Recycling Lithium-ion Batteries Presents $1,000 Million Prospect in India : JMK Research

The report highlights that the recycling market in India would start picking up from the year 2022 onwards when lithium-ion batteries which are presently in use in electric vehicles would reach their end of life. In the year 2030, the recycling market is estimated to be around 22 – 23 GWh, which is a USD 1,000 million opportunity

September 25, 2019. By News Bureau

The lithium-ion batteries market is projected to grow exponentially in the next five years in India. Some of the significant initiatives by the Government of India that will fast-track the growth of lithium-ion batteries market in India are the National Electric Mobility Mission Plan 2020, with a projection of getting 6-7 million electric vehicles on Indian roads by 2020, and the ambitious target of installation of 175 GW of renewable energy by 2022.

As per a new study by JMK Research, the lithium-ion battery market in India is expected to increase from 2.9 GWh in 2018 to about 132 GWh by 2030 (CAGR of 35.5 percent). The increasing volume of lithium-ion batteries would, in turn, lead to a growing capacity of ‘spent’ batteries in the ecosystem which if left untreated would lead to health and environmental hazards. Also, the valuable metals involving these batteries would be lost forever. Therefore, handling this lithium-ion battery waste through recycling is a requisite.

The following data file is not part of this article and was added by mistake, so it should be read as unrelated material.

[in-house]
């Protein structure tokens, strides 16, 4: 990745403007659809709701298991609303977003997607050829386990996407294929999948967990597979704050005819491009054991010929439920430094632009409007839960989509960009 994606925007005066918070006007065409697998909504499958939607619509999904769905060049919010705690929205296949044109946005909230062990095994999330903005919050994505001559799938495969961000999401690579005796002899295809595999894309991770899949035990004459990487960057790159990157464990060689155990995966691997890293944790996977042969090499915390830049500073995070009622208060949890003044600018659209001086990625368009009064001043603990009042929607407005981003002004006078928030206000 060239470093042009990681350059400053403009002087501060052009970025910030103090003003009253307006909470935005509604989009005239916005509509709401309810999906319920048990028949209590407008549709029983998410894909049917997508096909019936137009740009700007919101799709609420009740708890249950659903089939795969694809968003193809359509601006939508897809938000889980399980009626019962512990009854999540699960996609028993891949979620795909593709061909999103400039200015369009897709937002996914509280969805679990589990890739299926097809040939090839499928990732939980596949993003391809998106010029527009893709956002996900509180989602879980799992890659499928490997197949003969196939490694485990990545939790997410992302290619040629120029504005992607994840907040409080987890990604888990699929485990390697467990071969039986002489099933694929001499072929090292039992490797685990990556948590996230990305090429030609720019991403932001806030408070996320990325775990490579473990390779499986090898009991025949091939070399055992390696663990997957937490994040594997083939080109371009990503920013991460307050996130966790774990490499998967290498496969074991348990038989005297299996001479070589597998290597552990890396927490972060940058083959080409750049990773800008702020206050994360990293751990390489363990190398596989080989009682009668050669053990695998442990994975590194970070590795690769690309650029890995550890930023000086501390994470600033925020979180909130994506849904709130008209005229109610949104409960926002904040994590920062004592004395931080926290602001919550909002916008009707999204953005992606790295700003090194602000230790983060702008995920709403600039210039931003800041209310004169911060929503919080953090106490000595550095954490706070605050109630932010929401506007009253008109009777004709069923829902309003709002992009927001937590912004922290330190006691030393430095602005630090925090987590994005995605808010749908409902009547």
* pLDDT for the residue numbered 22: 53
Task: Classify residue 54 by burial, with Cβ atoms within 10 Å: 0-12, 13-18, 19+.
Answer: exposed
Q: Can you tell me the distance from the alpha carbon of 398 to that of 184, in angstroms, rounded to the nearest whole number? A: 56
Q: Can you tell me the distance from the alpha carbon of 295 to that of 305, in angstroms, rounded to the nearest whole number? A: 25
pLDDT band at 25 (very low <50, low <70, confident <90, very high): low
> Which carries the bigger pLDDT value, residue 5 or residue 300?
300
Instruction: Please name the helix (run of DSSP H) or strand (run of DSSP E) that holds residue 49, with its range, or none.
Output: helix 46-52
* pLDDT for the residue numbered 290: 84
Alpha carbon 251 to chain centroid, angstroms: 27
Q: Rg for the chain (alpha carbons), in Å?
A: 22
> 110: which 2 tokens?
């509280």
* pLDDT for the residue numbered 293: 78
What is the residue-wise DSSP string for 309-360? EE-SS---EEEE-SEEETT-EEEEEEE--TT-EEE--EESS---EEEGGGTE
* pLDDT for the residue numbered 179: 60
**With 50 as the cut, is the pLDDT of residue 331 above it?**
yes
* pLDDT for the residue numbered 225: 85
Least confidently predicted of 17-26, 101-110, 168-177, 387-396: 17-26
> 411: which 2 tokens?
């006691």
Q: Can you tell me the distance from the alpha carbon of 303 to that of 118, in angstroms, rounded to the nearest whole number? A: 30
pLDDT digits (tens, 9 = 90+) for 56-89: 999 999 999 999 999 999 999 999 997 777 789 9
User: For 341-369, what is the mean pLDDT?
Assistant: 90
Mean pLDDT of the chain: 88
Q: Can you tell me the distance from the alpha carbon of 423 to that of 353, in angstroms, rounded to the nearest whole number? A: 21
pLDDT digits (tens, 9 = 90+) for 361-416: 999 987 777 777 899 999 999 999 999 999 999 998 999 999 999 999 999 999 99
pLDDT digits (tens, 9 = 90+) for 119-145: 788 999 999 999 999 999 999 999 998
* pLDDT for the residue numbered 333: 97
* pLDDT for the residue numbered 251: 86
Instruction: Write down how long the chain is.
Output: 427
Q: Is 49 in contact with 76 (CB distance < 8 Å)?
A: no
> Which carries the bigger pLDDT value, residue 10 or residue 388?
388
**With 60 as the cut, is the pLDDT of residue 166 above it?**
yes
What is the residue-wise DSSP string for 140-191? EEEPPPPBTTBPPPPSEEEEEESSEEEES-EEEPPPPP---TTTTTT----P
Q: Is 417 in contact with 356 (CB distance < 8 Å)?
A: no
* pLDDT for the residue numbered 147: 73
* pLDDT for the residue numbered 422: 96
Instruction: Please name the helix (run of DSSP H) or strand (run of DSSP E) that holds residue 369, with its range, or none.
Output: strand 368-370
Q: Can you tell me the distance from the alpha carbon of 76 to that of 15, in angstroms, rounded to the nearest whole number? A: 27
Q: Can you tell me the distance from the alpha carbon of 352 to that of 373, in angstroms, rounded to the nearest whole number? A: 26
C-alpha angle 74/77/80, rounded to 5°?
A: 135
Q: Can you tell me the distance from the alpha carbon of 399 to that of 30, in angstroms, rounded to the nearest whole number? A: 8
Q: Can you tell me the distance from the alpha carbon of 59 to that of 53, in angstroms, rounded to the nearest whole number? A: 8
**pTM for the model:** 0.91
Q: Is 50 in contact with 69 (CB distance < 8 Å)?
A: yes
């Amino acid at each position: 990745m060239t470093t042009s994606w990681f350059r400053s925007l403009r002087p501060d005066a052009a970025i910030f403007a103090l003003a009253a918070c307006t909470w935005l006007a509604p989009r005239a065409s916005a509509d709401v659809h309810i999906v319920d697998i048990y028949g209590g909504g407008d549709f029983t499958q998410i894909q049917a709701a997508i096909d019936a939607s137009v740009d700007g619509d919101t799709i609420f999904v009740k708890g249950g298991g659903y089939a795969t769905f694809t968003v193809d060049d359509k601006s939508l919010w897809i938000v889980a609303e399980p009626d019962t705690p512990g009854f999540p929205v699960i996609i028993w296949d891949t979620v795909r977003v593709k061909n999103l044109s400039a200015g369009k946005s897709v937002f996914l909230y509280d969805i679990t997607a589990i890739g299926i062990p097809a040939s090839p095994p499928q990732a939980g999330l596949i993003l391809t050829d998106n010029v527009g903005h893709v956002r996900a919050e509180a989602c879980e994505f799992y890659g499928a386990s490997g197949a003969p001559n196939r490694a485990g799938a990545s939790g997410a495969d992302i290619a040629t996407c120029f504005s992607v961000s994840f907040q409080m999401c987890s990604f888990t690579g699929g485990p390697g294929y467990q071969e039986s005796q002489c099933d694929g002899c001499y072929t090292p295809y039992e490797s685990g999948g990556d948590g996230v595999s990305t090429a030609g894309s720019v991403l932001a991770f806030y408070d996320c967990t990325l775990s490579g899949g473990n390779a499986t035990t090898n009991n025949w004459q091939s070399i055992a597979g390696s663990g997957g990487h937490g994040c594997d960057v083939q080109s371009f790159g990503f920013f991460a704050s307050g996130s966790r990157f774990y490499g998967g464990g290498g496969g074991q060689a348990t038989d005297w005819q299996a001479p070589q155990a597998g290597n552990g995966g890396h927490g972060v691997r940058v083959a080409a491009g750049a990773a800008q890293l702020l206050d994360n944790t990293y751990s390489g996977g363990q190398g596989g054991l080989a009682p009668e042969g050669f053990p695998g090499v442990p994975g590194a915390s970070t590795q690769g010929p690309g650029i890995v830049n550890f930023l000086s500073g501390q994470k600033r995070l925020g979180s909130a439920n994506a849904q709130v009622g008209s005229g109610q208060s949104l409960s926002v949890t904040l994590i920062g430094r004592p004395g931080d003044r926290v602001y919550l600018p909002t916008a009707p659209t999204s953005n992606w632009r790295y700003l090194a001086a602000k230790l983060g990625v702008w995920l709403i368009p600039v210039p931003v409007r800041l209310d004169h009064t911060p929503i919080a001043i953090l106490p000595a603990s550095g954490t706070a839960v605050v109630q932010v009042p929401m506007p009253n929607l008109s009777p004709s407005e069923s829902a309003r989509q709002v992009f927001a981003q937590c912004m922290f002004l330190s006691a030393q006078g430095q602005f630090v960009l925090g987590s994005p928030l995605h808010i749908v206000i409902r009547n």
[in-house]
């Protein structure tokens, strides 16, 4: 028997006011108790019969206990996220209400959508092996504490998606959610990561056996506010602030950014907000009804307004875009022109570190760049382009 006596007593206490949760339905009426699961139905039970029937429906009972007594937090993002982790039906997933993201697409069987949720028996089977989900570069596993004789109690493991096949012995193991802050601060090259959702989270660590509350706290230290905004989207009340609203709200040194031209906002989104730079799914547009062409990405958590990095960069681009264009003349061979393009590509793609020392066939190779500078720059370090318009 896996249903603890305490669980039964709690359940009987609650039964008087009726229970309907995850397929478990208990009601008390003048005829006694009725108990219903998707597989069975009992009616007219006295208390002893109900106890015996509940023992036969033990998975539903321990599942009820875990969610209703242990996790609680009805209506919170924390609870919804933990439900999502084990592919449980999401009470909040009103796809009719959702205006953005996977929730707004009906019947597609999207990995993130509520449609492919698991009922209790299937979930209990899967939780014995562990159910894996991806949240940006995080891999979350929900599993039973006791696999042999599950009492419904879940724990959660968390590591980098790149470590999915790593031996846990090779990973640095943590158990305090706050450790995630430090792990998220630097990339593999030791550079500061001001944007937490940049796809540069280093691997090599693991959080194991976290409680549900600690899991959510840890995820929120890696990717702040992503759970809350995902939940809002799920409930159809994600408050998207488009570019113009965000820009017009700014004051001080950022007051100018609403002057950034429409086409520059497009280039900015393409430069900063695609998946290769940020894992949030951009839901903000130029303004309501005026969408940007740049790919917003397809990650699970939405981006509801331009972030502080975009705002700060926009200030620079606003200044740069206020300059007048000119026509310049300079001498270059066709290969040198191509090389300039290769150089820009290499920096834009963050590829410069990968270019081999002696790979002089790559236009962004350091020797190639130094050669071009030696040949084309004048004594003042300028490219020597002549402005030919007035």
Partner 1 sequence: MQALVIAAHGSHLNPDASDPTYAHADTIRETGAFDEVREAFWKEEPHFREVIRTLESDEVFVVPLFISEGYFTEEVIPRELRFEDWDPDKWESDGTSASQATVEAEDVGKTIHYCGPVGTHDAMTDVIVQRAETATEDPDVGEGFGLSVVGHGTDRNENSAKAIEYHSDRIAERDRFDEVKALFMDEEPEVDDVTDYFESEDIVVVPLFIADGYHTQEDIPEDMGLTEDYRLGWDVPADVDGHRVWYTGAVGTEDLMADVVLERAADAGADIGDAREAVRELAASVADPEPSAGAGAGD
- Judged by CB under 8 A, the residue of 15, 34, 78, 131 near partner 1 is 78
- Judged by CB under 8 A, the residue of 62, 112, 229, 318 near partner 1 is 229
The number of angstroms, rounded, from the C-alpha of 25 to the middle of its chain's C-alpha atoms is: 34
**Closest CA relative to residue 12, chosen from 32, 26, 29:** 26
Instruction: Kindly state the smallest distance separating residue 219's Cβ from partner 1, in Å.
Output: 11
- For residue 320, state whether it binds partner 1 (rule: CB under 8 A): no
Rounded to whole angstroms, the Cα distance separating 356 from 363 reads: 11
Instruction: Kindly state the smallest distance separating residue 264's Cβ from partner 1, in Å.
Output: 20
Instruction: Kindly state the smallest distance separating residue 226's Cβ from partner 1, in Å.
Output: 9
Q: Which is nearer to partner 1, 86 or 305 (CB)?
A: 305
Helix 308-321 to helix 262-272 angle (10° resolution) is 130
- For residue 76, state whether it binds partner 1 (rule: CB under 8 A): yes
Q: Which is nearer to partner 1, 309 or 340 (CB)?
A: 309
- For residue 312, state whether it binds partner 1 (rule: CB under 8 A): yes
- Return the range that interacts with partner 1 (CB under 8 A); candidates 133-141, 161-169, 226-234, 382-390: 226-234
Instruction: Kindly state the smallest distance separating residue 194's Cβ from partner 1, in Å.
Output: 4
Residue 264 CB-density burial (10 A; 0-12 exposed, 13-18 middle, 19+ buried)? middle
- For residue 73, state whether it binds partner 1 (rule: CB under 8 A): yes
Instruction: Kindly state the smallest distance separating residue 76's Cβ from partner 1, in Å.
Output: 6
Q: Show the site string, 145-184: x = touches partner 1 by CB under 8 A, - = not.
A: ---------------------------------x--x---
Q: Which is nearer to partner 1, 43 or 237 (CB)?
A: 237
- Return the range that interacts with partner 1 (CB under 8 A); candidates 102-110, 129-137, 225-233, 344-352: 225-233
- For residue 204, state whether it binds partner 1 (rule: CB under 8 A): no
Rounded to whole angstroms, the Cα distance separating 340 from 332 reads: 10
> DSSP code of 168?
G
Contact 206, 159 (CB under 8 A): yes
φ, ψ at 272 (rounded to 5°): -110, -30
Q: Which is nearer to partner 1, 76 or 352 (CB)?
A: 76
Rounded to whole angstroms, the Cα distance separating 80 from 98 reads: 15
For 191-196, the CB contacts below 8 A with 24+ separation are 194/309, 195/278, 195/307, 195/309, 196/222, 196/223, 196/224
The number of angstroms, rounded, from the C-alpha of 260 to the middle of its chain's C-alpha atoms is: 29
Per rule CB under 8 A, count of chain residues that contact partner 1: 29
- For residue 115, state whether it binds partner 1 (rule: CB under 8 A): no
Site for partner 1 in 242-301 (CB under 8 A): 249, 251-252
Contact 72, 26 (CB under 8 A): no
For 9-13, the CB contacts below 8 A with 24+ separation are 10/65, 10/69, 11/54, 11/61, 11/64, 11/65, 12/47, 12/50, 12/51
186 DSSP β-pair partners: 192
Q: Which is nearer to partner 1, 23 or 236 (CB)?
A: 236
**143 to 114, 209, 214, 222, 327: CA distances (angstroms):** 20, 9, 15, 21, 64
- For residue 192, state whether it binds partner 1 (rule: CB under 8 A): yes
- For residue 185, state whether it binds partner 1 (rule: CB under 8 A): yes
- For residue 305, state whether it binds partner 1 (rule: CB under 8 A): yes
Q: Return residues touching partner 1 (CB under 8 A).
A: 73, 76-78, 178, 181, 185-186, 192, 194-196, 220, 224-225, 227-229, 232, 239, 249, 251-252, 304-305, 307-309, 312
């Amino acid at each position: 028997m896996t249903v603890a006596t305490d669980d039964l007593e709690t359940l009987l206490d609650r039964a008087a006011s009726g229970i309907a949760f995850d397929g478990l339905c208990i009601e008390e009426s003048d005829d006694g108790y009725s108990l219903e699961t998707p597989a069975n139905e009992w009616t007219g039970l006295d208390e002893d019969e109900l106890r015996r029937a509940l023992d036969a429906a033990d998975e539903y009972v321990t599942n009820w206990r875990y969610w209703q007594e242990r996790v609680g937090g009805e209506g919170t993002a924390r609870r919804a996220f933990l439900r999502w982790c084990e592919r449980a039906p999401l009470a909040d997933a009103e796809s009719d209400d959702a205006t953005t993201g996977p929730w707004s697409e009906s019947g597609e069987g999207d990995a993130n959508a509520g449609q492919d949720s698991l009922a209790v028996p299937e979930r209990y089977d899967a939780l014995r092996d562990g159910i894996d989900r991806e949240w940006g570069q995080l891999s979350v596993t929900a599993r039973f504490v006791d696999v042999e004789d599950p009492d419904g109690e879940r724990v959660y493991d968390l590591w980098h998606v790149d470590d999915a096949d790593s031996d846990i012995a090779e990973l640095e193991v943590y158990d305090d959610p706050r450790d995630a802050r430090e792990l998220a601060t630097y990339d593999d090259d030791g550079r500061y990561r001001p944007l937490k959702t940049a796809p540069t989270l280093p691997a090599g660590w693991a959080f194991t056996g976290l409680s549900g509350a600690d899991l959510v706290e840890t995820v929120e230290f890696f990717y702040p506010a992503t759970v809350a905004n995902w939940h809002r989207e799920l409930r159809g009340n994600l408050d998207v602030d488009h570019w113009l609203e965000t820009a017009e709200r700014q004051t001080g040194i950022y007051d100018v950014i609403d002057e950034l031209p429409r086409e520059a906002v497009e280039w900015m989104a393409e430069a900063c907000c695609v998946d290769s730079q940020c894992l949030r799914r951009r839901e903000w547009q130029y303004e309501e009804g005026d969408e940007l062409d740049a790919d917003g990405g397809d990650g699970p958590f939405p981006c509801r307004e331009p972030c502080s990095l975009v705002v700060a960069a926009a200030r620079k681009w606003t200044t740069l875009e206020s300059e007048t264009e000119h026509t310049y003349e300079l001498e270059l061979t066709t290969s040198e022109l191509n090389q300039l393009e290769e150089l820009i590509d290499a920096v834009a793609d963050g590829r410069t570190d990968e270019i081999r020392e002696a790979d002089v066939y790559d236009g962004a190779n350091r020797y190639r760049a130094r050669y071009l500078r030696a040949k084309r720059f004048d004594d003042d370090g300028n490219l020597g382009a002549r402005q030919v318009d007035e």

The report highlights that the recycling market in India would start picking up from the year 2022 onwards when lithium-ion batteries which are presently in use in electric vehicles would reach their end of life. In the year 2030, the recycling market is estimated to be around 22 – 23 GWh, which is a USD 1,000 million opportunity.

Many Indian companies have already started looking at this lucrative opportunity and have either already established or announced plans to set up recycling operations. Some of them include

  • In August 2019, Tata Chemicals launched its lithium-ion battery recycling operations in Mumbai.
  • Raasi Solar has announced plans to set up a 300 MW plant focussing on lithium battery recycling along with battery assembling and cell manufacturing.
  • Mahindra Electric also has expressed that it plans to enable EV battery recycling, in a method similar to the recycling of cell phone batteries, with the help of a supply partner.

While there is awareness around the recyclability and reusability of batteries, this market would pick momentum only when the Indian government brings in a well-defined regulatory and policy framework.

To date, India does not have any specific regulations or guidelines around the effective disposal and recycling of lithium-ion batteries. Even India’s e-waste guidelines have no mention of lithium-ion batteries. Clear guidelines have to be laid out for collection, storage, transportation and recycle of waste batteries. Detailed instructions for both consumers and battery suppliers also have to be laid out and implemented, the analysis concluded.

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